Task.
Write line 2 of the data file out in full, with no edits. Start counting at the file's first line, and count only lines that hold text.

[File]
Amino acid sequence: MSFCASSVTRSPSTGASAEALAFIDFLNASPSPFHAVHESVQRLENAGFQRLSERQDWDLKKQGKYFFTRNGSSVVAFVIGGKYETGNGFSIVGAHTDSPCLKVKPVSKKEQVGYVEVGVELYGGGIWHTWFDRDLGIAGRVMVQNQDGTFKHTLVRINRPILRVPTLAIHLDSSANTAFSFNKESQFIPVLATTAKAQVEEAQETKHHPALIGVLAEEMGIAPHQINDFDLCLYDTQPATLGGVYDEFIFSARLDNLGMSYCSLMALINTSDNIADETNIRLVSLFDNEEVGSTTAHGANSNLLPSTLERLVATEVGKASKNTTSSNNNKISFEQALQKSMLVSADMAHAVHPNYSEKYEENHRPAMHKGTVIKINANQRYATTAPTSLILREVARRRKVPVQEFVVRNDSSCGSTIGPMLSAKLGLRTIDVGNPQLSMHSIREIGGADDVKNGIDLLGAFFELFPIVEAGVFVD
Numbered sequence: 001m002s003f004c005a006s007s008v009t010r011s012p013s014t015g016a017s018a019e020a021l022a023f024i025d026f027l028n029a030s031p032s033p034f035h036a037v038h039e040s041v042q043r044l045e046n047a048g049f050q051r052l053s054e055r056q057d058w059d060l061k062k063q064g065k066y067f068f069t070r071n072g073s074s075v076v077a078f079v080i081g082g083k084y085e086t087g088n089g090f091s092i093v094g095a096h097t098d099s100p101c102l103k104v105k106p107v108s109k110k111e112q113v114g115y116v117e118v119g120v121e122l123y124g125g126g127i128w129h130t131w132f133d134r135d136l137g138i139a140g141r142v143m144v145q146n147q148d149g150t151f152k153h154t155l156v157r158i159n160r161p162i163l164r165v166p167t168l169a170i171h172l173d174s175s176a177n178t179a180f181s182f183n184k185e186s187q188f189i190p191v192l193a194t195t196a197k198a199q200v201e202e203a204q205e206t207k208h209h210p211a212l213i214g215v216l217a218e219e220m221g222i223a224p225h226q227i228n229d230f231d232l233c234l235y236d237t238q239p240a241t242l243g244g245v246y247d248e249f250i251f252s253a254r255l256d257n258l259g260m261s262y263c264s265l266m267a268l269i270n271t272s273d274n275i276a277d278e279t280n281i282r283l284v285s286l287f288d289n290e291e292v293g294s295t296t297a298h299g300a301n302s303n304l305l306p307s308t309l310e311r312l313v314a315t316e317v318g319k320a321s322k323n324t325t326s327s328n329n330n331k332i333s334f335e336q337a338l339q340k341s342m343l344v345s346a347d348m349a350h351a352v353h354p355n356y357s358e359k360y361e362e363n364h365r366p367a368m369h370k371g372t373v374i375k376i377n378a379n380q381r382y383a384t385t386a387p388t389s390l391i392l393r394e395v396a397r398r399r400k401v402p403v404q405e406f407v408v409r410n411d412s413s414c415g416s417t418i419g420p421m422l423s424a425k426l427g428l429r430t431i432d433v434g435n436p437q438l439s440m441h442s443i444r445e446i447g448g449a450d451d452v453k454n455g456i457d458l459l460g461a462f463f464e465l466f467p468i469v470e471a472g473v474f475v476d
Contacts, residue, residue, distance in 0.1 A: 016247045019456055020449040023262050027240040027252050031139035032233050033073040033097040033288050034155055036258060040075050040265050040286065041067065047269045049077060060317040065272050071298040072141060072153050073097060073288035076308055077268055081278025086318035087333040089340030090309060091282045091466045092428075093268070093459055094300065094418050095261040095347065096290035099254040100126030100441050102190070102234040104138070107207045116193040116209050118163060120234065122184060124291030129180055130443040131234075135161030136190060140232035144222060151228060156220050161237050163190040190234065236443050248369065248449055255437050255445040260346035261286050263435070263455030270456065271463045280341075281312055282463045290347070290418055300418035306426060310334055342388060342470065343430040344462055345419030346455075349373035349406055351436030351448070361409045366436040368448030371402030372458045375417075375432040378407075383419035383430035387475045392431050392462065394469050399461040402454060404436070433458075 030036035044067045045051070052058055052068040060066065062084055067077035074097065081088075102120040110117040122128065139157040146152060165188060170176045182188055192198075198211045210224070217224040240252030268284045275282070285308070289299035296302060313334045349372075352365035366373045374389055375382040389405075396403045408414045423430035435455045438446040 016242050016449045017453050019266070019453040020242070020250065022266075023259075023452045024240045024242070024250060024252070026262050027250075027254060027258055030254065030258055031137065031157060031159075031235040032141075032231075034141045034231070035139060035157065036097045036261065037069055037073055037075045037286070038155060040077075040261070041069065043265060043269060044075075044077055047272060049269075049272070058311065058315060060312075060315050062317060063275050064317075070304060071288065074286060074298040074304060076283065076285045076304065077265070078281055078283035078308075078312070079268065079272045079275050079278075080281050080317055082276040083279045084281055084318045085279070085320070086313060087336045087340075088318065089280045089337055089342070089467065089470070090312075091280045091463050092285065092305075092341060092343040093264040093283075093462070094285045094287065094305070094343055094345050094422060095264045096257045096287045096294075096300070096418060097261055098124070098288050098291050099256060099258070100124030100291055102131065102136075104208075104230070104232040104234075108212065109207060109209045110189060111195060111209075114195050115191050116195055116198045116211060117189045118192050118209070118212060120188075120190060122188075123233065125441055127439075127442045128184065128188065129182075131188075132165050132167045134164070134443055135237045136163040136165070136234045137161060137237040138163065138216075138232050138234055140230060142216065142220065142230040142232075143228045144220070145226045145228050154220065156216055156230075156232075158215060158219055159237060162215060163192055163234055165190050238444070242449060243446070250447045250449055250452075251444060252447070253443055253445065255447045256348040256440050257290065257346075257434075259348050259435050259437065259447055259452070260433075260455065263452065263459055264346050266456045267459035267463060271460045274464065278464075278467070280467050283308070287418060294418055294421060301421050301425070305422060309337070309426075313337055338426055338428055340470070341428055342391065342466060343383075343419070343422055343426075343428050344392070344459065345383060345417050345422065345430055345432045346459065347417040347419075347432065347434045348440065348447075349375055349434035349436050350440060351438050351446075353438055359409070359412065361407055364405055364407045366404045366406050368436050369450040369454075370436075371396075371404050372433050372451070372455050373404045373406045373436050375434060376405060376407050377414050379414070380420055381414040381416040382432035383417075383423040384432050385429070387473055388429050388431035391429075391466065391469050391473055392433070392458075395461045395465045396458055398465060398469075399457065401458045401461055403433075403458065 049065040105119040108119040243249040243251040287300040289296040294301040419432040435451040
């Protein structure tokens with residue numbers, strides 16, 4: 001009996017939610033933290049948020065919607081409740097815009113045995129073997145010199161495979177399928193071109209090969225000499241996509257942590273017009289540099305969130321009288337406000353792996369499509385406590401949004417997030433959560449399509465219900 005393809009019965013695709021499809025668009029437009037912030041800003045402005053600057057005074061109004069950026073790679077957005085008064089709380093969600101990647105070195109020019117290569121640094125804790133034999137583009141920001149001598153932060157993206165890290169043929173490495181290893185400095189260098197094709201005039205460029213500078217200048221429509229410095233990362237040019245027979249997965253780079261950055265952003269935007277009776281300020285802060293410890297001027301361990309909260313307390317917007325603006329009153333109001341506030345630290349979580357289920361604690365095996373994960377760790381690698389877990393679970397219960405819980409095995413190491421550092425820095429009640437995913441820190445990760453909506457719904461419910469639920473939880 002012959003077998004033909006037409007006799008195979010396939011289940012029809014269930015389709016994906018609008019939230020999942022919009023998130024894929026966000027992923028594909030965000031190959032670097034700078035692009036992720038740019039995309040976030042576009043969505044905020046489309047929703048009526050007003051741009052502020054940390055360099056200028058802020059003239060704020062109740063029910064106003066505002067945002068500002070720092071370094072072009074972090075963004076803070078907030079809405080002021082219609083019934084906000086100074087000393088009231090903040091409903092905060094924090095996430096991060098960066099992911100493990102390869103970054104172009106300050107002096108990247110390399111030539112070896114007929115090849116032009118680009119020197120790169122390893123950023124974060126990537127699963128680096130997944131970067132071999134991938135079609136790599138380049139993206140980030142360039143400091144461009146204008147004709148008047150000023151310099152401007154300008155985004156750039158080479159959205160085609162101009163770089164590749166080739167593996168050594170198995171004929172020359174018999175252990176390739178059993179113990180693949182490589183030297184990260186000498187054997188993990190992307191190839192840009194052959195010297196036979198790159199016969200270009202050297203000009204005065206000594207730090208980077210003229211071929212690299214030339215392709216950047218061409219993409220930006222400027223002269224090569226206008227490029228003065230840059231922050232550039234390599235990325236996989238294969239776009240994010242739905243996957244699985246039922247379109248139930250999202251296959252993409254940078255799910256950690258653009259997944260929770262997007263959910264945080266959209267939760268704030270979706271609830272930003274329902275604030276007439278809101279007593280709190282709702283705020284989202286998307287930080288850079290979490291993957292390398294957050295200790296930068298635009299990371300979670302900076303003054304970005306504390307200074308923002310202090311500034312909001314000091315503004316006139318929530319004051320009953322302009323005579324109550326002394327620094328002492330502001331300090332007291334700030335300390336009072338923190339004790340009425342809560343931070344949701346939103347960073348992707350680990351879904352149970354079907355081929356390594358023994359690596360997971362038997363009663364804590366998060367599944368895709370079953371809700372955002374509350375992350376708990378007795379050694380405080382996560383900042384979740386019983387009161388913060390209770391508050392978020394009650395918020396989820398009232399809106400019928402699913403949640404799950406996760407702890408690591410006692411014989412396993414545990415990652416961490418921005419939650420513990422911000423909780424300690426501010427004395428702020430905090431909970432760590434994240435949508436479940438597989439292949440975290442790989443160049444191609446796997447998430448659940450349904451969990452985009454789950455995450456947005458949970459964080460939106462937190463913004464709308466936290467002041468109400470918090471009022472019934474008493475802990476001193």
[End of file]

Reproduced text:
Numbered sequence: 001m002s003f004c005a006s007s008v009t010r011s012p013s014t015g016a017s018a019e020a021l022a023f024i025d026f027l028n029a030s031p032s033p034f035h036a037v038h039e040s041v042q043r044l045e046n047a048g049f050q051r052l053s054e055r056q057d058w059d060l061k062k063q064g065k066y067f068f069t070r071n072g073s074s075v076v077a078f079v080i081g082g083k084y085e086t087g088n089g090f091s092i093v094g095a096h097t098d099s100p101c102l103k104v105k106p107v108s109k110k111e112q113v114g115y116v117e118v119g120v121e122l123y124g125g126g127i128w129h130t131w132f133d134r135d136l137g138i139a140g141r142v143m144v145q146n147q148d149g150t151f152k153h154t155l156v157r158i159n160r161p162i163l164r165v166p167t168l169a170i171h172l173d174s175s176a177n178t179a180f181s182f183n184k185e186s187q188f189i190p191v192l193a194t195t196a197k198a199q200v201e202e203a204q205e206t207k208h209h210p211a212l213i214g215v216l217a218e219e220m221g222i223a224p225h226q227i228n229d230f231d232l233c234l235y236d237t238q239p240a241t242l243g244g245v246y247d248e249f250i251f252s253a254r255l256d257n258l259g260m261s262y263c264s265l266m267a268l269i270n271t272s273d274n275i276a277d278e279t280n281i282r283l284v285s286l287f288d289n290e291e292v293g294s295t296t297a298h299g300a301n302s303n304l305l306p307s308t309l310e311r312l313v314a315t316e317v318g319k320a321s322k323n324t325t326s327s328n329n330n331k332i333s334f335e336q337a338l339q340k341s342m343l344v345s346a347d348m349a350h351a352v353h354p355n356y357s358e359k360y361e362e363n364h365r366p367a368m369h370k371g372t373v374i375k376i377n378a379n380q381r382y383a384t385t386a387p388t389s390l391i392l393r394e395v396a397r398r399r400k401v402p403v404q405e406f407v408v409r410n411d412s413s414c415g416s417t418i419g420p421m422l423s424a425k426l427g428l429r430t431i432d433v434g435n436p437q438l439s440m441h442s443i444r445e446i447g448g449a450d451d452v453k454n455g456i457d458l459l460g461a462f463f464e465l466f467p468i469v470e471a472g473v474f475v476d